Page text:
Ex-charity boss and family 'earned €500k in just two years'
The former boss of Console and two family members allegedly earned €500,000 in salaries and had account cars over a two-year period, a documentary claimed last night.
It alleged Paul Kelly, his wife Patricia and son Tim used 11 credit cards over the two years to shell out almost €500,000 on items including groceries, designer clothes and foreign trips.
RTE Investigates reporter Paul Murphy claimed the trio spent thousands on lavish trips to countries such as Australia, New Zealand and Singapore.
However, Mr Kelly denied he or his family had engaged in any wrongdoing or misuse of Console funds.
A draft report by the HSE Internal Audit also claimed the trio withdrew large amount of money from the suicide charity’s accounts between 2012 and 2014.
The charity made just under €5million during that time.
The draft report alleges Paul Kelly received consultancy payments of €218,586, plus a fully-expensed 2009 Mercedes CLS costing €30,600 and four credit cards.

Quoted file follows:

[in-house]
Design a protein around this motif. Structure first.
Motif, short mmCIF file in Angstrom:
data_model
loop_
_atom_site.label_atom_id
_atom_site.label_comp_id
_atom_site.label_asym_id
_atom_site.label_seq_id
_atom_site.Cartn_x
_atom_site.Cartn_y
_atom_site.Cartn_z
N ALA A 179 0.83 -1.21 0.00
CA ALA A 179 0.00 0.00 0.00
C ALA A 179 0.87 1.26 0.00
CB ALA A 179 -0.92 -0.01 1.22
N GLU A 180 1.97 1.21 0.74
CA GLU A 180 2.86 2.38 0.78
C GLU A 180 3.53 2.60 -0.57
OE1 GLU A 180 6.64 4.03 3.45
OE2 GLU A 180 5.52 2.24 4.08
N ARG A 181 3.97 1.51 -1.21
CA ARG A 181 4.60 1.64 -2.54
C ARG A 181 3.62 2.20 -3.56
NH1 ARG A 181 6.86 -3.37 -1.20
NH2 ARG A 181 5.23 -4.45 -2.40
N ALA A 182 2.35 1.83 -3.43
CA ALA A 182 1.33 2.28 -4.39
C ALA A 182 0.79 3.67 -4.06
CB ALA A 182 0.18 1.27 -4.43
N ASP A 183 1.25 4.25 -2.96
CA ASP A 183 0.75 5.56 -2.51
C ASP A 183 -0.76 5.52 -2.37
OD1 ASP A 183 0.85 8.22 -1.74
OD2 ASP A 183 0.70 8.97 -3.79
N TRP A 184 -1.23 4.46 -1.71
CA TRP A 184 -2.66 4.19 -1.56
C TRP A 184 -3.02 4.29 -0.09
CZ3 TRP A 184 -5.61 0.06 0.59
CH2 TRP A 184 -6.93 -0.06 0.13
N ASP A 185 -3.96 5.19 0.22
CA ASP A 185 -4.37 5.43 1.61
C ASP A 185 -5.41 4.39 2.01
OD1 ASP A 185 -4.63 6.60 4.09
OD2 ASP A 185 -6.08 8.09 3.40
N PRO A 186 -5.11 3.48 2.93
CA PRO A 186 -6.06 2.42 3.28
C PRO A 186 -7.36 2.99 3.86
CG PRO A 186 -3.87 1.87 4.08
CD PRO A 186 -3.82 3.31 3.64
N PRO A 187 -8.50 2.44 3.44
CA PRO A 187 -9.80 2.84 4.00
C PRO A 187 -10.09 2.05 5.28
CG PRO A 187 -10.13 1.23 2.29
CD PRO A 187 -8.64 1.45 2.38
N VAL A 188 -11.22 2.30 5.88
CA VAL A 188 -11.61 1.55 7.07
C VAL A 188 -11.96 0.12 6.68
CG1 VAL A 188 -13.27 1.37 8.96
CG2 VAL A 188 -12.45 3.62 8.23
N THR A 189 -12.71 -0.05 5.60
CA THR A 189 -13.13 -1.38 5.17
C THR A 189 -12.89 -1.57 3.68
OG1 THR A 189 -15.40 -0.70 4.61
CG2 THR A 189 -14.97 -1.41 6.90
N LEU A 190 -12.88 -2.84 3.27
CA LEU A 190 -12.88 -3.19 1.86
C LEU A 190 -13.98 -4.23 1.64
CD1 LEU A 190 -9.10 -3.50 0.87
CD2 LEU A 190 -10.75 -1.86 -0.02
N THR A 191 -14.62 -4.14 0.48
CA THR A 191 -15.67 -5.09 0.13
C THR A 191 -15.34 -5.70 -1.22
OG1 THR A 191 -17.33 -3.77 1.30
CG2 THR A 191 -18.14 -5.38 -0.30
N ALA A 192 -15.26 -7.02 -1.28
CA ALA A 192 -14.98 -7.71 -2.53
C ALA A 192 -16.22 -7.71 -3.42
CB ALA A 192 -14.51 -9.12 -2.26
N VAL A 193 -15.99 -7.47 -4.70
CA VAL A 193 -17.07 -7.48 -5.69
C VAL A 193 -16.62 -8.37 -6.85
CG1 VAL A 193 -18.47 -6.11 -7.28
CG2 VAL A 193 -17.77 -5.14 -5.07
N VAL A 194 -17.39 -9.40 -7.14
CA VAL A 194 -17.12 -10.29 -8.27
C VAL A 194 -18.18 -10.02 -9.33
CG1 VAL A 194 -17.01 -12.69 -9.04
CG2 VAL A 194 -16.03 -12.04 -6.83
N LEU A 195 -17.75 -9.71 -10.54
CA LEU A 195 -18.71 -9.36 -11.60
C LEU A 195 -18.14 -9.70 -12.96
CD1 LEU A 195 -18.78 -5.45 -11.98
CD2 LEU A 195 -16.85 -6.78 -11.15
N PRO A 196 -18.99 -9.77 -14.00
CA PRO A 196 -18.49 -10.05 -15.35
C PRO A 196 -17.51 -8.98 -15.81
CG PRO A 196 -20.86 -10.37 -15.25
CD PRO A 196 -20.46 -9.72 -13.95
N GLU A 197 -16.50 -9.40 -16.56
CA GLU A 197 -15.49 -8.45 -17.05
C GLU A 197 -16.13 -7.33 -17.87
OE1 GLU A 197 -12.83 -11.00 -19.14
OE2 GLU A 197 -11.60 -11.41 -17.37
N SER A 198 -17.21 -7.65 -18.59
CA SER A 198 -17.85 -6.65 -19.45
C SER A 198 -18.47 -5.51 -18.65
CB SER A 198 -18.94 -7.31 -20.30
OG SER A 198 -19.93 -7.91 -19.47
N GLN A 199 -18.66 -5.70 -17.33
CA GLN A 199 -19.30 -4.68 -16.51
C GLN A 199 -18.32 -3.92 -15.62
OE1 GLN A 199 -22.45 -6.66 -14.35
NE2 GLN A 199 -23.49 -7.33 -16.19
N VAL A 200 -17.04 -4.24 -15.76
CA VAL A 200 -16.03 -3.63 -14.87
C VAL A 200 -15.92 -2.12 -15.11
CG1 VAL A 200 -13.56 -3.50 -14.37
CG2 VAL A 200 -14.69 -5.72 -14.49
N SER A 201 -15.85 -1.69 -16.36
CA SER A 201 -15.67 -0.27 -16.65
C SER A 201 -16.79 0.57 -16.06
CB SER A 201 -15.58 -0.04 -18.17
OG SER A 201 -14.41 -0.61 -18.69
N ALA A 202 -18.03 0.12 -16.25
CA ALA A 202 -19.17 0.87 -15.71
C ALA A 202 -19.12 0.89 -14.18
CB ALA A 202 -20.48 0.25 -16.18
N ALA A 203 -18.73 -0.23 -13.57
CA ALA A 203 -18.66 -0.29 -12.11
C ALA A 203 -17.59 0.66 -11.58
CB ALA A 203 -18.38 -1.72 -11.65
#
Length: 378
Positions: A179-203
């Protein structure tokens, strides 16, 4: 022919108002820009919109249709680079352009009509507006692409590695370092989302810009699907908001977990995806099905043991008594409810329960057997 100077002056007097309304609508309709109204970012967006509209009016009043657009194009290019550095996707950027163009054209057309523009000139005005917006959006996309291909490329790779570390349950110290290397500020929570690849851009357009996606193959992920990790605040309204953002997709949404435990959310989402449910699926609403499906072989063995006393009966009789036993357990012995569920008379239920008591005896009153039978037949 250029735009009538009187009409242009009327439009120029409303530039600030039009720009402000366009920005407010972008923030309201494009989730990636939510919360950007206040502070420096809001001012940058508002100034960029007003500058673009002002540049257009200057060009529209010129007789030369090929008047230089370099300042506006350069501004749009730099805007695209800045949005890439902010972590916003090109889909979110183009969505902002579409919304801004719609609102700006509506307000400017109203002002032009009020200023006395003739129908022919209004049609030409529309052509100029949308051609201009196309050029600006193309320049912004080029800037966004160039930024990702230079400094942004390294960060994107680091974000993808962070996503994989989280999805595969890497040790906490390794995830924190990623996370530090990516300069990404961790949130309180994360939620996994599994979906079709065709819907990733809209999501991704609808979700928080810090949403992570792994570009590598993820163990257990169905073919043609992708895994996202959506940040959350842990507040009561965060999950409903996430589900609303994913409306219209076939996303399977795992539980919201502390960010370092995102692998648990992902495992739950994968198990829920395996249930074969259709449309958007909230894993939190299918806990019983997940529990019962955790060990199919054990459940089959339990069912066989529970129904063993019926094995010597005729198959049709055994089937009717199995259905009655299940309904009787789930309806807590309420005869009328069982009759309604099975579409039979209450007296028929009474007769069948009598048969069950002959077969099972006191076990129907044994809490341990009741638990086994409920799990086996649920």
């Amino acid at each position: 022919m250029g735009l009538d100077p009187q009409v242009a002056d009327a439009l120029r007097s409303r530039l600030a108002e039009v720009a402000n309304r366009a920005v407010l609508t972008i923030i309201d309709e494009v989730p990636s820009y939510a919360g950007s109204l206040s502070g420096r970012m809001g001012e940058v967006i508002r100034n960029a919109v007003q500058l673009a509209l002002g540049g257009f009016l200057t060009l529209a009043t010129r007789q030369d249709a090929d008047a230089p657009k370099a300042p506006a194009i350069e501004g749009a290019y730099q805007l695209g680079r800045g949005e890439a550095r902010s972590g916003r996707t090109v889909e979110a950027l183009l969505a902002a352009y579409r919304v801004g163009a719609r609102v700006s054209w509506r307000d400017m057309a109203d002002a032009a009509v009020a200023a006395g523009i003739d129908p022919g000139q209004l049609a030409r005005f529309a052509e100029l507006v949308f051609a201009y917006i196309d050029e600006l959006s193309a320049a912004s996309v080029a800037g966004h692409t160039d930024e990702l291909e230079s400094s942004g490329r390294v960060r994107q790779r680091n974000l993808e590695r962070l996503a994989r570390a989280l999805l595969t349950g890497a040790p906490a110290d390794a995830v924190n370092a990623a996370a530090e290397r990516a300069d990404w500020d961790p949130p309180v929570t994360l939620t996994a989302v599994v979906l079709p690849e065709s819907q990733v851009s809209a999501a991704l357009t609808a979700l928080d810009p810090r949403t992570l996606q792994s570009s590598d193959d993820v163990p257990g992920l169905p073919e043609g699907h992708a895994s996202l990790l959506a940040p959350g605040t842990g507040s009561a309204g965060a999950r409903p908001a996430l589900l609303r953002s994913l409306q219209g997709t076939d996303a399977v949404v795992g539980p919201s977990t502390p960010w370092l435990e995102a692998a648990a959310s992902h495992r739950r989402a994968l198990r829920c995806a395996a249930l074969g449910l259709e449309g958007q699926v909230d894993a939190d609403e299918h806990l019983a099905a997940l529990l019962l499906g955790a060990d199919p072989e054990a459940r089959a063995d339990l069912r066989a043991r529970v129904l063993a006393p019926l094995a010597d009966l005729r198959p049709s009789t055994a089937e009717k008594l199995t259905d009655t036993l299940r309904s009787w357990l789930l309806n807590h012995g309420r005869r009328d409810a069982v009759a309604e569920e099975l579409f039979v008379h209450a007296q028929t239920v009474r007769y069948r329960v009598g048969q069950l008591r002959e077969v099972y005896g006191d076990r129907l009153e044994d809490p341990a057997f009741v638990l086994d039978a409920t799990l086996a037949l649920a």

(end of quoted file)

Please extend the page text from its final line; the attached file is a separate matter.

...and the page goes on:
Meanwhile, Tim Kelly allegedly earned £600 tax free weekly by the charity.
Patricia Kelly also allegedly picked up a salary of €67,149, plus a fully-expensed 2010 Audi Q5 worth €57,000 and four credit cards.
The report has apparently found there were no contracts or board approvals for the payments for the CEO or his wife.
The report also claims to have found that inconsistent and vague explanations were given during the internal audit about Ms Kelly’s car.
From 2012 to 2014, the Kellys held 11 of Console’s 20 credit cards. Expenditure worth €464,777 was allegedly clocked up on those 11 cards during that time.
The largest expenditure was cash withdrawals of €87,027 including €66,296 withdrew by Paul Kelly. It is alleged no documentation was presented for these cash sums.
Mr Kelly stepped down as CEO of the suicide awareness and prevention charity last Thursday.
It has also been reported Mrs Kelly and his sister Joan McKenna have also resigned.
The charity’s board have appointed forensic accountant Tom Murray, and David Hall, boss of the Irish Mortgage Holders Organisation, to conduct an investigation into the allegations.
Mr Hall urged people to still use the charity’s vital services.
He said: “This review is about financial irregularities, that’s all. We want to ensure that the services provided by Console and the staff who work there are safeguarded.